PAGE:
Healthcare qualifications cut from 240 to just 20

Caring hands Image copyright Thinkstock
Image caption Around 216,000 people work in health and social care in Wales

A major shake-up of qualifications for people looking to work in health, social care and childcare in Wales has been announced.

It will mean the current raft of 243 qualifications will be replaced by just 20 from September 2019.

Currently, about 17,000 people in Wales undertake some form of the qualifications every year.

Qualifications Wales said it would make career progression "clearer and much more straightforward."

There will also be one awarding consortium, not 21 different examination bodies.

It follows a review by the new regulator last year, which found the system "complex, confusing and patchy".

Now it has decided on "the biggest change to qualifications ever seen" in the sector - which has nearly as many people working in it as the population of Swansea.

It includes looking after people in hospitals, residential homes, in their own homes and also childcare.

City and Guilds and exam board WJEC have been chosen as the consortium and are said to have provided "strong proposals for engaging and challenging new qualifications".

"The number of people employed in this sector in Wales runs into the tens of thousands," said Qualifications Wales chief executive Philip Blaker.

"These workers care for some of the most vulnerable members of our society, and need to be properly trained and assessed."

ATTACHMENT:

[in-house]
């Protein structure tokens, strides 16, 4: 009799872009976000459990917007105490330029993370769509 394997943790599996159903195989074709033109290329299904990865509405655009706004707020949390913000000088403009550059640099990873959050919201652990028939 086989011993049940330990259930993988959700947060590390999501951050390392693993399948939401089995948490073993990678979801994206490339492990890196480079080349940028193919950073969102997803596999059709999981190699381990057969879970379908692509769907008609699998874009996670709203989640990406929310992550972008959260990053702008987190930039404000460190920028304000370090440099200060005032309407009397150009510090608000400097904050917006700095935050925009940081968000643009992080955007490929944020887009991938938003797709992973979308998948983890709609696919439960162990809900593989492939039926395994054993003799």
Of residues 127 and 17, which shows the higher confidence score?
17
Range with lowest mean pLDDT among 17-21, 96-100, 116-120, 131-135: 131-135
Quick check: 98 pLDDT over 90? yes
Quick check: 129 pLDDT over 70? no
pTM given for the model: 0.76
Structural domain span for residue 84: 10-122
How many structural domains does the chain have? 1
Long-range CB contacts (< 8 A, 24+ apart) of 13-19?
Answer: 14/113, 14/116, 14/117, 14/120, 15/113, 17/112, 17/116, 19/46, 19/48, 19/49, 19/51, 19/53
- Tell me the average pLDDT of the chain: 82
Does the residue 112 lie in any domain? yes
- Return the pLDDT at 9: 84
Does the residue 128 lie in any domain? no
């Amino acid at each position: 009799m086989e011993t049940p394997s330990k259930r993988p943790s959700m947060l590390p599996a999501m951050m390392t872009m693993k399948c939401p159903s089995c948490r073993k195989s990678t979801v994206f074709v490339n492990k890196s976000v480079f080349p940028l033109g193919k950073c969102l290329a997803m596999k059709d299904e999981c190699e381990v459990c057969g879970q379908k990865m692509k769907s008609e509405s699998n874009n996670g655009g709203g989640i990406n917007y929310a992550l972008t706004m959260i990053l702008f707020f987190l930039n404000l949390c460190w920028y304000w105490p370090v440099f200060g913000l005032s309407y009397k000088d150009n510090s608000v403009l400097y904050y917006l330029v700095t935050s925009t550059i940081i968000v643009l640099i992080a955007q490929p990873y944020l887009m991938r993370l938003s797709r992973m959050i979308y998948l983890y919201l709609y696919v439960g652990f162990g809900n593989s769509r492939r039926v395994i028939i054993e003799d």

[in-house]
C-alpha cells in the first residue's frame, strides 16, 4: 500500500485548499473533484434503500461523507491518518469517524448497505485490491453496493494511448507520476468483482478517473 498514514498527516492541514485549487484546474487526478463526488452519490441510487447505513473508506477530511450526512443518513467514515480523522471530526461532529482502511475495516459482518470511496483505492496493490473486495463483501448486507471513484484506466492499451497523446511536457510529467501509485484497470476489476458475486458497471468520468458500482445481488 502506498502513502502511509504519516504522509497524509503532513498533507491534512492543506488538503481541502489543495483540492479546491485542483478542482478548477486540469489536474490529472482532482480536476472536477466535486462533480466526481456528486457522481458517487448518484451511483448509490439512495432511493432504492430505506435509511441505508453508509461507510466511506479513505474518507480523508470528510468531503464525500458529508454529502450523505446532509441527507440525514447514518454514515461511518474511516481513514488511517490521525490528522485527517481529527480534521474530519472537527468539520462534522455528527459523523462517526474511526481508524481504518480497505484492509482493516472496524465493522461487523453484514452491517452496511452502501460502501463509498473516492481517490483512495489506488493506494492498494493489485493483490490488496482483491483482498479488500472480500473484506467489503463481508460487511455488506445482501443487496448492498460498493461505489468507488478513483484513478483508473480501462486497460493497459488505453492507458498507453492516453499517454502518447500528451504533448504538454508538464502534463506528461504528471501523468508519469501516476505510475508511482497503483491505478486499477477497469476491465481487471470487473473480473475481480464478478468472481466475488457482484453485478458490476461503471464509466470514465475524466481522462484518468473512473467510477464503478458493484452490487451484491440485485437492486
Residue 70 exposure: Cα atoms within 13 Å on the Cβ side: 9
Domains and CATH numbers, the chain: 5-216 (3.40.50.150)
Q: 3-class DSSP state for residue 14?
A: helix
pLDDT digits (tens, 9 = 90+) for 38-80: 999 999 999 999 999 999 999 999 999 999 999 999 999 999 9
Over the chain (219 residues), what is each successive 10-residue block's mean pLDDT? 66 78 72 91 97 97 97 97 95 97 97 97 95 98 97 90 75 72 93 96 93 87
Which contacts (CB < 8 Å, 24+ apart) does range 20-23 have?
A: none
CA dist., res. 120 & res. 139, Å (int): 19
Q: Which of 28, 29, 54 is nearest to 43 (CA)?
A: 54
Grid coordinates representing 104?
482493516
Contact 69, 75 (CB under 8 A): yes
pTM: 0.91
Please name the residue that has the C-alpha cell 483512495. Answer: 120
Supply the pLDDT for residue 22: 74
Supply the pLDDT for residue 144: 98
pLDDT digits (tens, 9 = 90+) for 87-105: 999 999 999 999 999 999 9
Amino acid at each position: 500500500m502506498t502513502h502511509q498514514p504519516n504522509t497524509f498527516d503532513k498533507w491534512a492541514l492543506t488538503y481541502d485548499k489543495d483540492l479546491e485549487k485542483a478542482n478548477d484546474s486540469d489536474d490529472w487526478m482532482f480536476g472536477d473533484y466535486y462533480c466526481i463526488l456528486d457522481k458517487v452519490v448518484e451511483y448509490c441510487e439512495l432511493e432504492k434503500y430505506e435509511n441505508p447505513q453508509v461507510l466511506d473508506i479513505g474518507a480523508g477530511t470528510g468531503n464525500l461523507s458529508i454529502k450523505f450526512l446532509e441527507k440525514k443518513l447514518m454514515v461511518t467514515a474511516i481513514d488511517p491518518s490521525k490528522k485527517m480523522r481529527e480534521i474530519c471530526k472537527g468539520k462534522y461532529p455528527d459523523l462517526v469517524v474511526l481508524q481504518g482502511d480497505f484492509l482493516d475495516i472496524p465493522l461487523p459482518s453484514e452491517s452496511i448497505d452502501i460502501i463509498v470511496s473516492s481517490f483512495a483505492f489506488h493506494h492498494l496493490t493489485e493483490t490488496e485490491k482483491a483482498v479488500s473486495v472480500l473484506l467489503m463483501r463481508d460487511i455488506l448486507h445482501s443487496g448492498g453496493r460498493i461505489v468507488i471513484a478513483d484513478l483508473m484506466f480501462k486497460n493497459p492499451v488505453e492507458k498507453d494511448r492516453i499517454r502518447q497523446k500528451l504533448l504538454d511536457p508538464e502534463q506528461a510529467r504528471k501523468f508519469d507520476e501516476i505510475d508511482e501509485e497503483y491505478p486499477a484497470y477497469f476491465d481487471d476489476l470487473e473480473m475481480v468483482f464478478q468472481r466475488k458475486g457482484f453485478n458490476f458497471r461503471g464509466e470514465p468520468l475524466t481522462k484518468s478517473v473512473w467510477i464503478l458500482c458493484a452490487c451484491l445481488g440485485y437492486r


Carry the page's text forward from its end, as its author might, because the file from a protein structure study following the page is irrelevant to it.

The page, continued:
What do the changes mean?

Image copyright Thinkstock
  • The new qualifications will be taught from the age of 14 and include those on apprenticeships from September 2019.
  • There will be up to 20 qualifications, from Level 1 to 5, designed to "reduce complexity, raise quality and increase coherence".
  • There will be one awarding body and the new qualifications will be the only ones eligible for funding by the Welsh Government or local authorities.
  • The first certificates will be awarded in 2020.

Sarah McCarty, director of improvement and development at Social Care Wales, said they would continue to listen to those involved in the sector to ensure the new qualifications met the needs.

"It is vital we have a range of qualifications that are fit for the future, to support a skilled and confident workforce," she said.

WJEC chief executive Gareth Pierce said: "The initiative will have an impact, both socially and economically and we're delighted to be a leading part of it."

Related Topics

More on this story

Related Internet links

The BBC is not responsible for the content of external Internet sites